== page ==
color change issues she adds. Medical has not been a prime focus but hospital
flooring and mattresses are in the works and prosthetics are a possibility.
The antimicrobials are far more costly than other additives.
Clariant’s Brandon, quotes a price range of $ 40 to $ 90 per ib. Andrew
Barclay of Well’s Plastics notes
that a masterbatch generally sells for $ 30 to $ 35 per ib. Typical addition
rates of 0.25 % to 0.5 % (400:1 TO 200:1) to give a raw material on cost of
7 to 17.5 cent per ib, he says. RTP’s Marshall reckons a minimum added
cost of 75 cent per ib while Geoff Haas of Milliken places the figure at $ 1 per
Price is the issue, stresses Jody Walker, engineering
product manager at stock shapes distributor Curbell Plastics, Orchard Park, NY.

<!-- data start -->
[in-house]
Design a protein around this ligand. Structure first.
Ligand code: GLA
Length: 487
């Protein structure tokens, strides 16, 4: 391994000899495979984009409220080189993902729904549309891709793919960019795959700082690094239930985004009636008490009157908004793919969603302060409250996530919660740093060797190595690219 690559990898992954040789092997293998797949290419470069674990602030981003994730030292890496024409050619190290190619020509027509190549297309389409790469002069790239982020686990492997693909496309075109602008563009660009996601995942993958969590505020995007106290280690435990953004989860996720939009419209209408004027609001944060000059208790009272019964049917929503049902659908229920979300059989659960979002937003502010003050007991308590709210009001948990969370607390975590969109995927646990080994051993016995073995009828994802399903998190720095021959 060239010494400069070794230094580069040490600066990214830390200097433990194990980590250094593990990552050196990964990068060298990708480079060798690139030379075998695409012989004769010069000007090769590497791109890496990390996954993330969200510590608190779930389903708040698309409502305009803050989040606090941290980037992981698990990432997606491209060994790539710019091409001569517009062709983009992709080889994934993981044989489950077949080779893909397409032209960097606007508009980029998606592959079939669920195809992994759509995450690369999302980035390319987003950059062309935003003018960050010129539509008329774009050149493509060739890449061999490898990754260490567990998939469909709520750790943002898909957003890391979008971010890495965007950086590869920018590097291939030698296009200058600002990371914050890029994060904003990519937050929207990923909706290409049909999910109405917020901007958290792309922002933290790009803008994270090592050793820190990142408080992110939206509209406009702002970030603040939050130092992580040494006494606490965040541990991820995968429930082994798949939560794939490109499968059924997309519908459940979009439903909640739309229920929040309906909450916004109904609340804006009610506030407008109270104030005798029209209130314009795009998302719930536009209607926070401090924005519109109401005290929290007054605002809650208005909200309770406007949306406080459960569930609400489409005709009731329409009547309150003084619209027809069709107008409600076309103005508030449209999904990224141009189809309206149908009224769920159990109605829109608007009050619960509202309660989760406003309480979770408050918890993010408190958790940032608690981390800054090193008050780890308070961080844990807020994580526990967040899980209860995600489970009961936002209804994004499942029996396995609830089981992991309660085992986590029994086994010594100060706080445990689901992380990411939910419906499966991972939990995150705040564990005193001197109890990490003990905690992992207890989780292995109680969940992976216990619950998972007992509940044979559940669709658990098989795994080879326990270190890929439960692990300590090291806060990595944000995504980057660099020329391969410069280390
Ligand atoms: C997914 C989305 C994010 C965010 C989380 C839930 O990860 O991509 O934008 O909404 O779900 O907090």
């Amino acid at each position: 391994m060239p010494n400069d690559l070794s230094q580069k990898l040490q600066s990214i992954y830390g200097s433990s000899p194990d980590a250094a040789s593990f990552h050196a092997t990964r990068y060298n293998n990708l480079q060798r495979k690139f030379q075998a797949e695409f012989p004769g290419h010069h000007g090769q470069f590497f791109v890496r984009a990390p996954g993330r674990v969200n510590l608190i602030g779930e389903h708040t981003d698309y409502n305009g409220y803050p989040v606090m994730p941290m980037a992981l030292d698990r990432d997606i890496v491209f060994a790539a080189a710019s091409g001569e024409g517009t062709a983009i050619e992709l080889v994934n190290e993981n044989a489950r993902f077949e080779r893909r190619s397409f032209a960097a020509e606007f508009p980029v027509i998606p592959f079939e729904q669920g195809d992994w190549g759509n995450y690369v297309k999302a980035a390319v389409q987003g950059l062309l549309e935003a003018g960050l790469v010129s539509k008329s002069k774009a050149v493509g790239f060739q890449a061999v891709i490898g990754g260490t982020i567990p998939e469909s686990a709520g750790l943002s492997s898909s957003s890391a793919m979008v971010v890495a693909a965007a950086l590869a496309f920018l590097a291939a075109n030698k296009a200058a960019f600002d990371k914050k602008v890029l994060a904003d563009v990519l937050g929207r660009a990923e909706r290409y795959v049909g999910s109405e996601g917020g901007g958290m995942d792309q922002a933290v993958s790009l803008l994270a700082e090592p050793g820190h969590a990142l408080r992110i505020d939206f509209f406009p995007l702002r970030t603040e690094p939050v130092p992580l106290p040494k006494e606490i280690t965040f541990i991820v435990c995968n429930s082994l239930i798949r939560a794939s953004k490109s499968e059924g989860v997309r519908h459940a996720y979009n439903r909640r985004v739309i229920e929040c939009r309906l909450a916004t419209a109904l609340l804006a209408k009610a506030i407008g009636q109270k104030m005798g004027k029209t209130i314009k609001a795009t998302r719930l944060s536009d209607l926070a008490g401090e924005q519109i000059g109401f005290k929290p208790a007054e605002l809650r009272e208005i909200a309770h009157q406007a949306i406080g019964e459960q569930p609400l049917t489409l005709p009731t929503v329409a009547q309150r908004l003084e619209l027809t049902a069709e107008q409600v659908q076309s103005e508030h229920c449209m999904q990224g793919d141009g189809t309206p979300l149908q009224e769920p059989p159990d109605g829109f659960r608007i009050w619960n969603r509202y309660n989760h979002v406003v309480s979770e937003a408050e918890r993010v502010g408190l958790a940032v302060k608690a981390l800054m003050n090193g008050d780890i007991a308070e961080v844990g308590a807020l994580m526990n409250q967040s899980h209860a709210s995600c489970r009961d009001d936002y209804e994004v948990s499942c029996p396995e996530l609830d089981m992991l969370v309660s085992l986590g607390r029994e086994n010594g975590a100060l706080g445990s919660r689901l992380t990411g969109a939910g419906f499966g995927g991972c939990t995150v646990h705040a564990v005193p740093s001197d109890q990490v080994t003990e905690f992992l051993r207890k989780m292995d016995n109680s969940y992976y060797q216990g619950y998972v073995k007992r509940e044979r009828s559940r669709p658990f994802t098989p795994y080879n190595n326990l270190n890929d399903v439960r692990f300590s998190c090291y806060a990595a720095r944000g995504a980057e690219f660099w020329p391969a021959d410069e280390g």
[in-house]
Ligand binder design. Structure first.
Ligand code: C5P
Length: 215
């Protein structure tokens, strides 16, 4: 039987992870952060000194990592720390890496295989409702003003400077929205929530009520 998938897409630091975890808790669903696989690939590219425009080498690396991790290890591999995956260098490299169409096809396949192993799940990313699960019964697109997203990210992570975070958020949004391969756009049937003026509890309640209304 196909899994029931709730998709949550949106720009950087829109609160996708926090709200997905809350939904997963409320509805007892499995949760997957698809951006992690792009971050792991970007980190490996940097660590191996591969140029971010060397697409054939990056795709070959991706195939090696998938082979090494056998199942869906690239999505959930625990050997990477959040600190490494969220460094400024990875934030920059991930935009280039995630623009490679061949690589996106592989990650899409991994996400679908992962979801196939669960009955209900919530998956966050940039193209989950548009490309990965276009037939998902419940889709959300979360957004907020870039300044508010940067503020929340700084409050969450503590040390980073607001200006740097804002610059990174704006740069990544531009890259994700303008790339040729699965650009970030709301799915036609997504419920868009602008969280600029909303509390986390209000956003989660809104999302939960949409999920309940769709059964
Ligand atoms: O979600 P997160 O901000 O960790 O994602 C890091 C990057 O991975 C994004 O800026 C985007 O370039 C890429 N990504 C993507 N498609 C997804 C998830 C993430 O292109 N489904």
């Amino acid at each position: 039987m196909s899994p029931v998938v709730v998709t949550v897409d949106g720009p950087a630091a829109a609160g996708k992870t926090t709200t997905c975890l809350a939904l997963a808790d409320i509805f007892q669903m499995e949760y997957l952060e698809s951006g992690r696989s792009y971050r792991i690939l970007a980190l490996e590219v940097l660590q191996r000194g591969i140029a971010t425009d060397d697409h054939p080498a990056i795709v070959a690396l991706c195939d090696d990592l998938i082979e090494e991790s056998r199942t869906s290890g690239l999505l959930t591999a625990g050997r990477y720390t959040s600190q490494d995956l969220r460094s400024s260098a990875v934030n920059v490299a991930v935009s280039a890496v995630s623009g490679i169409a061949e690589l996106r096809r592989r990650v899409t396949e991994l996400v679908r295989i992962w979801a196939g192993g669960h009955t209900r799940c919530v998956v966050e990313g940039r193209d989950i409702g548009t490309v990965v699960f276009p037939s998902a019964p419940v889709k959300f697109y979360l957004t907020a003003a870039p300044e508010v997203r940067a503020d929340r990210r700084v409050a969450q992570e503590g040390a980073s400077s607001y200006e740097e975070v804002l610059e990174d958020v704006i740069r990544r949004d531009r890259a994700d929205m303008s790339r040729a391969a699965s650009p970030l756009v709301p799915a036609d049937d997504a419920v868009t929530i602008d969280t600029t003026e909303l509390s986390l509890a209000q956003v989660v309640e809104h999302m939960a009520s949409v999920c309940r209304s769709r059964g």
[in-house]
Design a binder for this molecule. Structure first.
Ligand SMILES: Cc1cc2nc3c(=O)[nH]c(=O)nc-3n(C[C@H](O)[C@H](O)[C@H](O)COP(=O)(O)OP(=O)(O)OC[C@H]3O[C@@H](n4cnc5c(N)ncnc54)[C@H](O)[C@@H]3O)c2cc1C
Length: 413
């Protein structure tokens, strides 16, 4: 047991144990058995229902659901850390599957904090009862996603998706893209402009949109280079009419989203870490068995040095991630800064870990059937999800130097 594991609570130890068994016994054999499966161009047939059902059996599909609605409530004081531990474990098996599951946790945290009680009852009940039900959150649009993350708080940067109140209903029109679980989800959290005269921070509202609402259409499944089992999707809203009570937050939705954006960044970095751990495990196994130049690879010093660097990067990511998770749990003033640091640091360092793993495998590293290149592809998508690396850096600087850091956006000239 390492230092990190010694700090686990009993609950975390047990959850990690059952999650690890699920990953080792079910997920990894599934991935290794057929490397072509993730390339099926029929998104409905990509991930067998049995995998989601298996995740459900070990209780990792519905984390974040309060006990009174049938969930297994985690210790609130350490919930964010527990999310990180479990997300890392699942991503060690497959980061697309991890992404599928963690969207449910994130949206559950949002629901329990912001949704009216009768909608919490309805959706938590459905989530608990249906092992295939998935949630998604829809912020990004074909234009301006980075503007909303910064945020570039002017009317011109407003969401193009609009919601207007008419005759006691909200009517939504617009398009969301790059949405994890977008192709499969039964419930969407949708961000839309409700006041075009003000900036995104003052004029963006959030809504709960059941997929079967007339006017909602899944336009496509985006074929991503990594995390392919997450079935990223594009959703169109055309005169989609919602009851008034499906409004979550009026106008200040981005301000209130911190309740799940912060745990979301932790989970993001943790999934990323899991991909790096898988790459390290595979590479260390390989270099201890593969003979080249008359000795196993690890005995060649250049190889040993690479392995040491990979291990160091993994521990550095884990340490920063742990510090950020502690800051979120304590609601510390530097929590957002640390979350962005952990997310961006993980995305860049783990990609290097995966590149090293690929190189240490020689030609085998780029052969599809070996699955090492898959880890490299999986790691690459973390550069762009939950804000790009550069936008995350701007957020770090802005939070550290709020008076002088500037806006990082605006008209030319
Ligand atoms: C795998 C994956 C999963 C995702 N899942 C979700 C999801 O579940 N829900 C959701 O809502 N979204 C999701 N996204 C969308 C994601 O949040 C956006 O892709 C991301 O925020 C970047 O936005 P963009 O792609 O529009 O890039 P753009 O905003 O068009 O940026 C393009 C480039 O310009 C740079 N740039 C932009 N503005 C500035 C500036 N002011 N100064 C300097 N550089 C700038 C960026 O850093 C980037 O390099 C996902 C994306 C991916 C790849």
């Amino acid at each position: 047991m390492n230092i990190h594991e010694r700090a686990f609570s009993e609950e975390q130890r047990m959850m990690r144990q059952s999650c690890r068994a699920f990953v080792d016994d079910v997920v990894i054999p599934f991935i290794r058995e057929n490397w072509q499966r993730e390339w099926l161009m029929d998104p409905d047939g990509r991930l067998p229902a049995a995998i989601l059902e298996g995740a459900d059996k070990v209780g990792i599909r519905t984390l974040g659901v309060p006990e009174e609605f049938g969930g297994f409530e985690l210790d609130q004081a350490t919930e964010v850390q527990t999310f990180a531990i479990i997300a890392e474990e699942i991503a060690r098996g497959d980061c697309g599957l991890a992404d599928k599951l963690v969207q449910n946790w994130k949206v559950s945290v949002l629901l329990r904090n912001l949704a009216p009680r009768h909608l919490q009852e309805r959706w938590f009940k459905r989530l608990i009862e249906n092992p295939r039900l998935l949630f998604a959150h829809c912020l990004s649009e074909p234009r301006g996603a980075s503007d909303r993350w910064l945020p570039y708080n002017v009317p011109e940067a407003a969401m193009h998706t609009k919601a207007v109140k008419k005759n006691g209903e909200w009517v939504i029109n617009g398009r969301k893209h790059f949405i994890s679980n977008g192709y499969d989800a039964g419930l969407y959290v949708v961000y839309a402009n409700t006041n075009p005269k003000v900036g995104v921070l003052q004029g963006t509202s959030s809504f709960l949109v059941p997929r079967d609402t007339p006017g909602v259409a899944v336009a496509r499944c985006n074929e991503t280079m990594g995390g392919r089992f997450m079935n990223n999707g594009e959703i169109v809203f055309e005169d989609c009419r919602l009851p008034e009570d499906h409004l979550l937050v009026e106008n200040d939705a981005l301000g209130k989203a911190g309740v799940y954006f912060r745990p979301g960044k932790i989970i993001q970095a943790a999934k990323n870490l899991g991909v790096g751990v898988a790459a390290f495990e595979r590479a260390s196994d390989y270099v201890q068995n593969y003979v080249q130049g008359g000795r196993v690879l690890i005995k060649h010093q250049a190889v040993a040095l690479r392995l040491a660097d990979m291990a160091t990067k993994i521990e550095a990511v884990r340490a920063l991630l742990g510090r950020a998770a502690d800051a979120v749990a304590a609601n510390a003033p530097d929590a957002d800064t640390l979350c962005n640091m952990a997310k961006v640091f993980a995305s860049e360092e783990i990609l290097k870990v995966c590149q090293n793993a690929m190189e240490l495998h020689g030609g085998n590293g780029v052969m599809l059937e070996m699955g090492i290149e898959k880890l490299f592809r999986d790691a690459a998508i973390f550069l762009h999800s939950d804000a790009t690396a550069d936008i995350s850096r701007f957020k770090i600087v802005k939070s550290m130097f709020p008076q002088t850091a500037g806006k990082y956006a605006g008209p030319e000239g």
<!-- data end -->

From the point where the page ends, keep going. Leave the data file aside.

A shape with a silver antimicrobial is thre to four times the cost of one
without it, he says, adding that customers are interested in using the additive
until they see the price. Price would not be as much an issue in the medical
marekt if the value of using the materials to combat nosocomial infections were
more fully appreciated. Lack of clinical trials is a factor and so is lack of
market awareness. However, in the US for instance, producers of items using
antimicrobials can only cite their value in protecting the product, not people
who come into contact with it. The inability to claim a health benefit is a
signigicatn hindrance, many suppliers complain.
Clariant Masterbatches has recently started offereing
masterbatches containing AlphaSan and expects its first medical applications to